Except it's not 19 years old. It's 11 months old. The intervening period has been filled with tweaks and changes, the net result being a hodgepodge of mostly compatible but slightly broken implementations.
" for the UK at least. I could be wrong but"
You're correct. In England and Wales the police charge, either on their own or after having taken advice from the CPS.
The scenario outlined here could easily have happened in England too if further evidence had come to light.
"There is no imaginable situation in which an F-35, or any number of them, would do us the slightest good."
The optimistic scenario is that they'd stop an invading army for long enough that there's enough time to get on the phone and avert a nuclear holocaust.
Realistically though these are a tool for bullying much weaker countries.
You could have said the same about Springfield Rifles or Spitfires.
These days if we get to that point then everything will be turning to glass anyway.
"It's certainly been a long time since the standards were put in place"
"On 14/07/2017, the IETF with the publication of RFC8200 announced that the Internet Protocol Version 6 (IPv6) had become the latest Internet Standard."
Less than a year doesn't seem a long time to me.
"Did that story mention the doctor was at the end of a TWENTY FOUR hour shift?"
Maximum shift length in the NHS is 14 hours with breaks and the NHS adheres to the European 48 hour week. Plenty of other occupations do much longer shifts.
That's not to say that a doctor will be fine after a 13 hour shift with no breaks, but it's a lot different to 24 hours.
Also has very little relevance to failings in an administrative process, which is what the OP was referring to. Always annoys me when people defend NHS inefficiency by saying that the staff are working hard - we don't deny that, staff having to work hard is one symptom of a broken process.
"Late 2001, my optician wasn't happy about my field tests, and wrote to my GP requesting a specialist consultation."
This is your problem right there. Why is the optician contacting your GP? Your optician should let YOU know and YOU should contact whatever healthcare provider you want to provide the service.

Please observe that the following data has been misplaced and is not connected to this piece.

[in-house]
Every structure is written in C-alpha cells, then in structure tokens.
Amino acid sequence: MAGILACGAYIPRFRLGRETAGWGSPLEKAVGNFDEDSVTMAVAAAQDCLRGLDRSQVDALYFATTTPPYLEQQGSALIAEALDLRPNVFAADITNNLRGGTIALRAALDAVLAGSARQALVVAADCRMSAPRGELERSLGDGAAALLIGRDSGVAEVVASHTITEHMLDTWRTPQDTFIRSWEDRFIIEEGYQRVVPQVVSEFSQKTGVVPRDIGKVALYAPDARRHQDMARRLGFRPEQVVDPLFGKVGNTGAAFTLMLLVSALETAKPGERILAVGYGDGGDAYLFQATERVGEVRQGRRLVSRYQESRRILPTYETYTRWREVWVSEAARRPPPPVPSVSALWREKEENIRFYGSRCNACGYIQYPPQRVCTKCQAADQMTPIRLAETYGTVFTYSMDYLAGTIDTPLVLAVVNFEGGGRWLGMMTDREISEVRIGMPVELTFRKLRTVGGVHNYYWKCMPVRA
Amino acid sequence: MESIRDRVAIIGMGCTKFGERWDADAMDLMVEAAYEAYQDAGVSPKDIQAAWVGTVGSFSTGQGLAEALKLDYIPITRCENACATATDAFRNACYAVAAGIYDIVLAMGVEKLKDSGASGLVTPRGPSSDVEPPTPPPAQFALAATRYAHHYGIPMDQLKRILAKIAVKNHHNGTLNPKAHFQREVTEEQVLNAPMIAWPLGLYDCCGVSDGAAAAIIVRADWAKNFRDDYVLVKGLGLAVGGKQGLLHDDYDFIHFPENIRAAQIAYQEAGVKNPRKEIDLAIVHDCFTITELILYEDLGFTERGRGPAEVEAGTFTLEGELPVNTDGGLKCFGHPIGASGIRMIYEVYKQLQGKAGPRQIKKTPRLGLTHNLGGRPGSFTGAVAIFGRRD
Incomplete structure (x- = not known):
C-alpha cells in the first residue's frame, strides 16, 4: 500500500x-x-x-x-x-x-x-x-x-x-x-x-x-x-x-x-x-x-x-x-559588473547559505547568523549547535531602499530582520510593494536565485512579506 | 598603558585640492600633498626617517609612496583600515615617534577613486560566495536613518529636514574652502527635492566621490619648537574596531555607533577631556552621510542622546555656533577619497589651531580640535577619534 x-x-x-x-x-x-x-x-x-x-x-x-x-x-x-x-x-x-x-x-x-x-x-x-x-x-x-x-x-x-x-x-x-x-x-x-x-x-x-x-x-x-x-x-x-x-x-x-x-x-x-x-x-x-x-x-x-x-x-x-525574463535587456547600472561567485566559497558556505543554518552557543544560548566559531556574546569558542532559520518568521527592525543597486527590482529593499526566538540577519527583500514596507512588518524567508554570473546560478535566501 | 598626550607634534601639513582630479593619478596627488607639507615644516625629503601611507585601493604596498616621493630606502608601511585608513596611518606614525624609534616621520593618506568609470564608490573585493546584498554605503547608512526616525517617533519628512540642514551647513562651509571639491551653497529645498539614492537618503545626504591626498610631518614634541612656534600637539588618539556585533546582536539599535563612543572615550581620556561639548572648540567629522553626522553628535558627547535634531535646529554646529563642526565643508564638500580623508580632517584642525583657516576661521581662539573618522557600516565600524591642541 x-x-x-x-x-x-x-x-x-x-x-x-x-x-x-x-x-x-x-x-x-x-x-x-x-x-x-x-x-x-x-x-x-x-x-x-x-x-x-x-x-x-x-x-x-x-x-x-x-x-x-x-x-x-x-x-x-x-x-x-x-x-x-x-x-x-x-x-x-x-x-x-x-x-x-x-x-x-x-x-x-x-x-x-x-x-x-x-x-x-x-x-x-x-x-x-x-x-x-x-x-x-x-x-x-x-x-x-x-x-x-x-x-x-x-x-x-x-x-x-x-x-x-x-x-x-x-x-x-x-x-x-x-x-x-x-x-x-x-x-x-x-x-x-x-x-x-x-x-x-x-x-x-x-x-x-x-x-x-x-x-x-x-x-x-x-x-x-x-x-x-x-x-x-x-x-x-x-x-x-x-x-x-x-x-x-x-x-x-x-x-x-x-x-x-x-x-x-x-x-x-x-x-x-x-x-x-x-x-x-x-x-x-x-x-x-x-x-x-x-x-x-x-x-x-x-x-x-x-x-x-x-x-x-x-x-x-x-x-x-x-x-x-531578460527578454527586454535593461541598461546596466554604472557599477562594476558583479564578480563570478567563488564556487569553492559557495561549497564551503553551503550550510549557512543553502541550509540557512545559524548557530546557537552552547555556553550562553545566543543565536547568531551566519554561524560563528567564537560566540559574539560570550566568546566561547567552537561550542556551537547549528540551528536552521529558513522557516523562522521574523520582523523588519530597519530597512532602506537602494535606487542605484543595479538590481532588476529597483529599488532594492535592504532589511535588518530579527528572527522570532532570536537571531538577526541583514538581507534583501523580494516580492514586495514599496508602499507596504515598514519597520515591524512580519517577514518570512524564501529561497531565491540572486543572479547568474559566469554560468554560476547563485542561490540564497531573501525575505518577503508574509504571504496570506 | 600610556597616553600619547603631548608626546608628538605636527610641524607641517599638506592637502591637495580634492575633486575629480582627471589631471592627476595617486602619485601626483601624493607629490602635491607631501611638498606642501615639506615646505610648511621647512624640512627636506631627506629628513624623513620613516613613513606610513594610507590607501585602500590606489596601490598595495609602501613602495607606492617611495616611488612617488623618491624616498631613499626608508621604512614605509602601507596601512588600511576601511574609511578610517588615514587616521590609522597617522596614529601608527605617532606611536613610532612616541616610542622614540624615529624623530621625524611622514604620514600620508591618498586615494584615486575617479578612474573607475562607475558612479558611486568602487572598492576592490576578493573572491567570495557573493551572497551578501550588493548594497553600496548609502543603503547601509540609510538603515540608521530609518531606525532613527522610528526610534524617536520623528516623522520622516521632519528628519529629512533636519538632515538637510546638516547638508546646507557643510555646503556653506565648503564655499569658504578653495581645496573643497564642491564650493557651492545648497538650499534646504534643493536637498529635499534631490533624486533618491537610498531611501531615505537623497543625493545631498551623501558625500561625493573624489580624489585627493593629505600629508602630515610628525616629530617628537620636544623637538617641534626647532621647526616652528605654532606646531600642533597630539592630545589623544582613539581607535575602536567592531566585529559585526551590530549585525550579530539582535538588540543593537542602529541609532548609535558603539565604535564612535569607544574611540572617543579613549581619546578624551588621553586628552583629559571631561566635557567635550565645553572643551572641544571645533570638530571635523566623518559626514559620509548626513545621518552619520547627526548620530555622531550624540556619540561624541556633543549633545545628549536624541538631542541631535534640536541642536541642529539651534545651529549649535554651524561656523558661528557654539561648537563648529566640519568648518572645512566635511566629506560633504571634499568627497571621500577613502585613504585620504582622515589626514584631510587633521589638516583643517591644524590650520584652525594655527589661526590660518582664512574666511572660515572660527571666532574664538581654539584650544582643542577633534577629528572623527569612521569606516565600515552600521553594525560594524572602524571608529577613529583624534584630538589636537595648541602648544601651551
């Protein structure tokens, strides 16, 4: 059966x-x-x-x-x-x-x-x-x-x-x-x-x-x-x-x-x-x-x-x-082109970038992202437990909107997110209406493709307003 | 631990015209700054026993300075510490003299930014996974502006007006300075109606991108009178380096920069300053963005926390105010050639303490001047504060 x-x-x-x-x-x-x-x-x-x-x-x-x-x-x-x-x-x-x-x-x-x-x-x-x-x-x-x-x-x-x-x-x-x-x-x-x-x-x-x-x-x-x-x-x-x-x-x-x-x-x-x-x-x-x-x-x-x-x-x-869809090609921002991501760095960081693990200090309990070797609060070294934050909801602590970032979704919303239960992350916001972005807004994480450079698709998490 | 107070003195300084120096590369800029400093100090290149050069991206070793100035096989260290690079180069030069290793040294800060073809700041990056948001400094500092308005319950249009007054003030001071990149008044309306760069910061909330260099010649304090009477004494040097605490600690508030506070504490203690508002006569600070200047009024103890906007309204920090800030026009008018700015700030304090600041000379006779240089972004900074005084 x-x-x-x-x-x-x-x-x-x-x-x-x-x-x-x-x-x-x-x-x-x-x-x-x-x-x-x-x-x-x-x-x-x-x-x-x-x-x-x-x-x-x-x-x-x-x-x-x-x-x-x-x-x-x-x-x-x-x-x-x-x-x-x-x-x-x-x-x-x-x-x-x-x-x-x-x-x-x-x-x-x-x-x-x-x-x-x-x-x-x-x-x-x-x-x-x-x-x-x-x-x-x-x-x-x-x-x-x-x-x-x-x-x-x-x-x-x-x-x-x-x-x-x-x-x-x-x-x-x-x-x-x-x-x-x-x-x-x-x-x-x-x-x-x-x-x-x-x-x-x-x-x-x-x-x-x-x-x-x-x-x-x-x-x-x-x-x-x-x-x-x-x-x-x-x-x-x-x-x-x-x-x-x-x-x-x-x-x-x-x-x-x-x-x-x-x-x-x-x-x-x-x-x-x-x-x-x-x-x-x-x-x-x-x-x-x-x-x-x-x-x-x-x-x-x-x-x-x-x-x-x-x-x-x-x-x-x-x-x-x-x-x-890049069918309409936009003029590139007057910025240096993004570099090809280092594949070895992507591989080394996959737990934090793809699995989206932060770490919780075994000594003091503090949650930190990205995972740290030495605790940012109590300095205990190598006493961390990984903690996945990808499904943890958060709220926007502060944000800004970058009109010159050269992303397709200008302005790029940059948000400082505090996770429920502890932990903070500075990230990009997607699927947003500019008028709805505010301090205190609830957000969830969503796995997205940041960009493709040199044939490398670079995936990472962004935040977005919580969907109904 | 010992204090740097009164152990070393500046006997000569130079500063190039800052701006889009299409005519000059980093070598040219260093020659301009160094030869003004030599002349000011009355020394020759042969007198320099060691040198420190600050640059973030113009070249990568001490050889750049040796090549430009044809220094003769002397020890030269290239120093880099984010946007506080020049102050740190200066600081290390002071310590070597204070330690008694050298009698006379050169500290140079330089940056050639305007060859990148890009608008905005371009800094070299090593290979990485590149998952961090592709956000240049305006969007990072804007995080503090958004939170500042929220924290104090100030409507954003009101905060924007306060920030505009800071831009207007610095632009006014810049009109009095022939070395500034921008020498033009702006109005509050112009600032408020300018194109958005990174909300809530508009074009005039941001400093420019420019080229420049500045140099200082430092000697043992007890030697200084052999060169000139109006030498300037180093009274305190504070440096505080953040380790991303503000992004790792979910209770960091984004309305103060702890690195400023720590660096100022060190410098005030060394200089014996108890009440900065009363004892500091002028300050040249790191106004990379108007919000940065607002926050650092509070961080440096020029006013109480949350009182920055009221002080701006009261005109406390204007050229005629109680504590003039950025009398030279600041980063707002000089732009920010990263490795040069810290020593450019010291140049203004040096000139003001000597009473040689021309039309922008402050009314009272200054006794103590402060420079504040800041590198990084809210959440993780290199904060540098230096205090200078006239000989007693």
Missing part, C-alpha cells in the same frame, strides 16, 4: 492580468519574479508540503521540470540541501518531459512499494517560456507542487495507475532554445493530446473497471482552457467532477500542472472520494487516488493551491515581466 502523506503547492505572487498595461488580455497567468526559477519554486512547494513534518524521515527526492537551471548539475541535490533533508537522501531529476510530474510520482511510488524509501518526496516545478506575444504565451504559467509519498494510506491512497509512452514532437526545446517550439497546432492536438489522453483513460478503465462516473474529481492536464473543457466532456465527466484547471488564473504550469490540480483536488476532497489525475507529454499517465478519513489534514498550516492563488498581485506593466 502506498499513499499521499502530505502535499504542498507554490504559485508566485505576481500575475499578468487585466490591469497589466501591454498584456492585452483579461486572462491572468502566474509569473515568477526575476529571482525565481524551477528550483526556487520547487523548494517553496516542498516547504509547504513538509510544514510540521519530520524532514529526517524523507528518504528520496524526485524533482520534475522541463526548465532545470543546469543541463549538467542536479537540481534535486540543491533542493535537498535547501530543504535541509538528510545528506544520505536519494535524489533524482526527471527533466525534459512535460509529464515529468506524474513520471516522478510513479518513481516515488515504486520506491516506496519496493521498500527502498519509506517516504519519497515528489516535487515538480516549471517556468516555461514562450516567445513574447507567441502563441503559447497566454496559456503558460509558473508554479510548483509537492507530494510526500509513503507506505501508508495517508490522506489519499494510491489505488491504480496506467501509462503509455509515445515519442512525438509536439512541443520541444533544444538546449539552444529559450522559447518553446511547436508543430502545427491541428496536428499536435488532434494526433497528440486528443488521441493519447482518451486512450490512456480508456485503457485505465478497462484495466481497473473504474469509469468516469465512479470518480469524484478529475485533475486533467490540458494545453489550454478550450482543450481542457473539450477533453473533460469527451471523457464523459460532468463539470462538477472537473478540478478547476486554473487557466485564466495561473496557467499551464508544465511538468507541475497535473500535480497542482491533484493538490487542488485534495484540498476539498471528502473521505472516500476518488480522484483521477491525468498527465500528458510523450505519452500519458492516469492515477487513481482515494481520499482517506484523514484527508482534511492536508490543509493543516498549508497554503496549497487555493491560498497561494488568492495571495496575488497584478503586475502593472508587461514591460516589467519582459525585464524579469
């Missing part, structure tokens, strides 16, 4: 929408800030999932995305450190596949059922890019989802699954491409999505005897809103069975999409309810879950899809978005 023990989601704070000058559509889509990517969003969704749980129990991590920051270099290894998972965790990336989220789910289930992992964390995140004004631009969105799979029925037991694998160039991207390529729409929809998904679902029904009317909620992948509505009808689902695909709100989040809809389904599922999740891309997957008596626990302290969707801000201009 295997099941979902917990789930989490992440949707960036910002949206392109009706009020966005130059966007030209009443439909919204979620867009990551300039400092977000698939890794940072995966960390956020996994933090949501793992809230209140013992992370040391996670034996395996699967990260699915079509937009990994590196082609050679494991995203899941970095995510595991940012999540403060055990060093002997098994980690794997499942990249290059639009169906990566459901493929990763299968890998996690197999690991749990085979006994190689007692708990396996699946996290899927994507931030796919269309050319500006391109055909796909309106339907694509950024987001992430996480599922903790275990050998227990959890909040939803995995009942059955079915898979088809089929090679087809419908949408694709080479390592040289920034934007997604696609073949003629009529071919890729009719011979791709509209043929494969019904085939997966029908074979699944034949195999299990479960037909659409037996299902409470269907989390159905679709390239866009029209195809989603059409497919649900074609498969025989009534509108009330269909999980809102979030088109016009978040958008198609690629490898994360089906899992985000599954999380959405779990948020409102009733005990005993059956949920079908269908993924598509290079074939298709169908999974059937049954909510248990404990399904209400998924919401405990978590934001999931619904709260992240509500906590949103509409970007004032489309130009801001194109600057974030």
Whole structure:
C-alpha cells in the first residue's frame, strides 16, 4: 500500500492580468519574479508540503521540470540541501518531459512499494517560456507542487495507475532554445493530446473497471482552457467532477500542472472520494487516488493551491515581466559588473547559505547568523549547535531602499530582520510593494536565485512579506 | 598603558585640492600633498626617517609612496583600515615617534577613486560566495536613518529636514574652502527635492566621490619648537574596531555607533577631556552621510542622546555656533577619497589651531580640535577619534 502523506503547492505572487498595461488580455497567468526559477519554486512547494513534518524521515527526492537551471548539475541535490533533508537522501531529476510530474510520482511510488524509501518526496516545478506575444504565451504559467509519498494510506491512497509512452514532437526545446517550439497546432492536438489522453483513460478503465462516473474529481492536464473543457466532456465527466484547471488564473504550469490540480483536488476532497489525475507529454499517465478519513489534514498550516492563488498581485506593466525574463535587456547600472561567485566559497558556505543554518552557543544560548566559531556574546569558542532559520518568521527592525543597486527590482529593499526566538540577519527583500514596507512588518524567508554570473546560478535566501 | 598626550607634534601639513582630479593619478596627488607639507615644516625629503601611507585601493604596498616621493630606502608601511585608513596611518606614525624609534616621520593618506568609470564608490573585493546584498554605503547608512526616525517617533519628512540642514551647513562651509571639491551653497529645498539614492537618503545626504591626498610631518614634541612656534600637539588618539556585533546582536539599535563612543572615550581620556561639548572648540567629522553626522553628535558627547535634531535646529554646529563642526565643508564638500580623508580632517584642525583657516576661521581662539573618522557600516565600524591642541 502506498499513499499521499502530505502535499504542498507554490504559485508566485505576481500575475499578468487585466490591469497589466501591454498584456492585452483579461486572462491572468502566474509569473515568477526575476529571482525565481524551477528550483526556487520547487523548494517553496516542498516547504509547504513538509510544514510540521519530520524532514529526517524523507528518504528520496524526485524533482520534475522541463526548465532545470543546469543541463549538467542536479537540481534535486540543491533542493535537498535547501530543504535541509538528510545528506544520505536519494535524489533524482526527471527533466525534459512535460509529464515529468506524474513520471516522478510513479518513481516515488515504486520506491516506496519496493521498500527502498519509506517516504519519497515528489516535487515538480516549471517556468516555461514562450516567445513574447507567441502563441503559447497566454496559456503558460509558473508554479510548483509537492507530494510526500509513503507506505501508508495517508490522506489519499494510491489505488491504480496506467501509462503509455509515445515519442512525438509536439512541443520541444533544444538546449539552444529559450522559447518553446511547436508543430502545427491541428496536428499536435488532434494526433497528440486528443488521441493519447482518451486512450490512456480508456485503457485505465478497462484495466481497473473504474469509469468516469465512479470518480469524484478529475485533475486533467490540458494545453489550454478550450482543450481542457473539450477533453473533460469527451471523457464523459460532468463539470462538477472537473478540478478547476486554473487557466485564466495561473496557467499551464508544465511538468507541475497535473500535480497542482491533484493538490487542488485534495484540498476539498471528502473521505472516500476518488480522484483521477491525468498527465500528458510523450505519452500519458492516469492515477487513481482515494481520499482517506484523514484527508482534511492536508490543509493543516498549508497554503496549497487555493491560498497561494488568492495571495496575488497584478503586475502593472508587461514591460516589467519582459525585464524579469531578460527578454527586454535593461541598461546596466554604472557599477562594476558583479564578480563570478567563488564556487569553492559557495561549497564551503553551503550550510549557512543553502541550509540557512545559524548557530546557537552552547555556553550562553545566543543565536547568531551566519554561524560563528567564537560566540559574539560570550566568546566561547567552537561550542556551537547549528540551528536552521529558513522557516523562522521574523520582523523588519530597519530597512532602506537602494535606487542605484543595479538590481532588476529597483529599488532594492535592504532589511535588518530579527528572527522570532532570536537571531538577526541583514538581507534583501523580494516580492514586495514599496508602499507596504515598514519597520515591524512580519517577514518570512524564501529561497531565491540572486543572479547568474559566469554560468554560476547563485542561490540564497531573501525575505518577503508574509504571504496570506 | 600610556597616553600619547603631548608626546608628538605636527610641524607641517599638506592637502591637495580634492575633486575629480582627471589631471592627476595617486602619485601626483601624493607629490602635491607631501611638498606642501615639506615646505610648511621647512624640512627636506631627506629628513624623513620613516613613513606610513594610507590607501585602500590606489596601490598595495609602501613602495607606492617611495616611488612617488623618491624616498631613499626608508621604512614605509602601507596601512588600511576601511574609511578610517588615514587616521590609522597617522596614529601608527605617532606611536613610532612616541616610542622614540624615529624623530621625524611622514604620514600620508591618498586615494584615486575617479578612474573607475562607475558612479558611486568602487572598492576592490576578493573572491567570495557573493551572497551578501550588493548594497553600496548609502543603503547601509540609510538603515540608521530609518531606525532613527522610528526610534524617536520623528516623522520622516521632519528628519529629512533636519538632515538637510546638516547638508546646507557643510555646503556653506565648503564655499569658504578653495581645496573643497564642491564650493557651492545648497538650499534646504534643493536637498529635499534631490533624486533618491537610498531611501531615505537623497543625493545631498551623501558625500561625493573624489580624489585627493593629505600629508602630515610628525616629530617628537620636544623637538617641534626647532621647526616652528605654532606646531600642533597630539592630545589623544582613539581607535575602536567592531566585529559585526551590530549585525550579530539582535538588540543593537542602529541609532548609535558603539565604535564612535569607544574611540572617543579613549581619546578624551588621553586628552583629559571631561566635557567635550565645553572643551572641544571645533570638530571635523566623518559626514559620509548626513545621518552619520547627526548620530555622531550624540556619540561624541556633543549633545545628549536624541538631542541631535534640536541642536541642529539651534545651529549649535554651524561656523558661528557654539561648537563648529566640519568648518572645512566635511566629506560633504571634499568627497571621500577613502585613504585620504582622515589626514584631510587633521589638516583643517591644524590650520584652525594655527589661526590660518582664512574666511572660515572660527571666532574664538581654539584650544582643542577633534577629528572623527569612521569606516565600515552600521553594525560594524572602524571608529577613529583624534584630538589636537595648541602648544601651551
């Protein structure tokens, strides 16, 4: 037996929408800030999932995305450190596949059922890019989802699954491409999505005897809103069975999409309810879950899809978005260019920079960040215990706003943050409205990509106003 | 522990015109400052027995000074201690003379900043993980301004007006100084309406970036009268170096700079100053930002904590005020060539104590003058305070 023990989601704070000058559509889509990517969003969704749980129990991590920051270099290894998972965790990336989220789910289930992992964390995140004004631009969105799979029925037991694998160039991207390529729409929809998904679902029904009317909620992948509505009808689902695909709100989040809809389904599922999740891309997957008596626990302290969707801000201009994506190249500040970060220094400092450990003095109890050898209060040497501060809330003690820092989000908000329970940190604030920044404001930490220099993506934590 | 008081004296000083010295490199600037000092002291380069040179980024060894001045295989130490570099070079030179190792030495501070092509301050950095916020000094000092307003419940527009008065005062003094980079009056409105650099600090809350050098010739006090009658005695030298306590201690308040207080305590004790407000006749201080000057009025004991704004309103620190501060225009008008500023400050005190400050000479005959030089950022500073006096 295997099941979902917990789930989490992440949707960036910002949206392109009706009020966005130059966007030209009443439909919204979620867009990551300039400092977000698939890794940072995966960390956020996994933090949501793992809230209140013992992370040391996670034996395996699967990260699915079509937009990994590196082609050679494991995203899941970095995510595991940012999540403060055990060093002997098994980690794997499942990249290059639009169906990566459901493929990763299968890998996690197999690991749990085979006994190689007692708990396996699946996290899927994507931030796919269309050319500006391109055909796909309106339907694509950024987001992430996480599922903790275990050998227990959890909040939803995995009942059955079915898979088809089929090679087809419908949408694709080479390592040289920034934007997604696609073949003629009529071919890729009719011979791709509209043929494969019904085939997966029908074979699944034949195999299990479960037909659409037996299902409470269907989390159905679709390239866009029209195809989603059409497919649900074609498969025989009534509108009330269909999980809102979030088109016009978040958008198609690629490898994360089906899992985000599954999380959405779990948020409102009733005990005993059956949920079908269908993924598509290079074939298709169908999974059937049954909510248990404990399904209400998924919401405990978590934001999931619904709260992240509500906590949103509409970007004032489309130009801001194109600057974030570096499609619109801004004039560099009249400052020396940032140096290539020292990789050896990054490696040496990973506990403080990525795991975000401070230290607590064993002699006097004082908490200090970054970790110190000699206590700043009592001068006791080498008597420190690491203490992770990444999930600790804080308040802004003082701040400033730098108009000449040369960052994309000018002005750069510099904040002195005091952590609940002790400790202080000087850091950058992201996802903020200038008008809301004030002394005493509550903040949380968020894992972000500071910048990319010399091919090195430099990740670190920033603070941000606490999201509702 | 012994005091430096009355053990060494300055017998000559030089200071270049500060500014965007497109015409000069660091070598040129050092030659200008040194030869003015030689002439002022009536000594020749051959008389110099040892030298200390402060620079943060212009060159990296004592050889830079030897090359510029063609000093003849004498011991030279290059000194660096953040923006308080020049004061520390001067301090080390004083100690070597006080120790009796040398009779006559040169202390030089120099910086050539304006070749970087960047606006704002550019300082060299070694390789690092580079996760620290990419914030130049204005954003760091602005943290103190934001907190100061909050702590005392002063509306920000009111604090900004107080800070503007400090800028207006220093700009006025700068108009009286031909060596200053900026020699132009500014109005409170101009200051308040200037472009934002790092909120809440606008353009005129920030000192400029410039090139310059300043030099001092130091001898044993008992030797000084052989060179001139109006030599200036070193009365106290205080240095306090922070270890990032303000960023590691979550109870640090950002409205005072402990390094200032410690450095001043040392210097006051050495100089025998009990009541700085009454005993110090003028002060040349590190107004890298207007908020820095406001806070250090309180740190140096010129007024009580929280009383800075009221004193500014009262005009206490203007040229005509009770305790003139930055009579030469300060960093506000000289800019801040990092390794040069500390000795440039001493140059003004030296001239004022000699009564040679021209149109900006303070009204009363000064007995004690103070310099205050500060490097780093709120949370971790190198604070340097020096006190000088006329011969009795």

Patients should be in control of their treatment, not some archaic old boys club.
"Isn't that what venture capitalists do on a much grander scale"
No. Elon Musk owns about 20% of Tesla Inc. in return for his investment. He doesn't (just) own a Tesla Roadster.
If the Vega+ backers owned 60% of RCL between them then they wouldn't be in this mess.
Shockwiz, as an example, was a successful crowd funded project. A relatively small number of people paying £130 or more. But they had a working prototype and were pretty much production ready.
Elite Dangerous on the other hand; relatively cheap, vapourware at the start, lots of disappointed punters.
Vega+... well had all the hallmarks of a scam from day 1.
Ask yourself what would the Dragons do? Invest in a vague idea with no product, no IP and no delivery plans? Of course they wouldn't, so why would you?
Police bail is limited to 28 days, so not really a very useful way of extending a retention period.
'Amazon on the "I inspected it and decided I don't like it" grounds without any hassle. As far as I can see they have to do that, it's not Amazon being nice.'
If you do this a lot Amazon will decline to have you as a customer. Whether that's legal or not is a discussion point.
Other retailers, for example Chain Reaction Cycles for protective gear where fit is important, encourage it and is a market differentiation point in a sea of online sellers.
It's all about passing the blame around. Teachers don't want to be accused of a cover up. Parents want someone to take responsibility for parenting from them.
So it all comes down to a PC who, technically, should be arresting the ten year old to decide between the devil (arrest the child and seize their phone for forensic analysis and get lambasted for over-reacting and traumatising children) and the deep blue sea (do nothing, take the black mark on the clean up statistics all the while knowing that if anything happens and it escalates then they're going to prison for misconduct in a public office).
Yes. Police feel hamstrung by the courts; if they chase anyone on a motorbike and that person injures themselves or anyone else then the Police are liable. That's led to many forces prohibiting any pursuit involving a motorbike (and it's almost impossible to get a car pursuit authorised too).
Even if someone is caught the court hands out a small fine, which doesn't get paid. Most of the moped thefts aren't robbery. Where there genuinely is a robbery and the criminal is caught and charged they'll find themselves before a proper judge and then we do get proper sentencing. But that's a very rare event.
The National Audit Office says that it costs £5.7 million to train an operational fast jet pilot. Of course an F35 pilot will be more expensive on account of the rarer and more expensive aeroplane.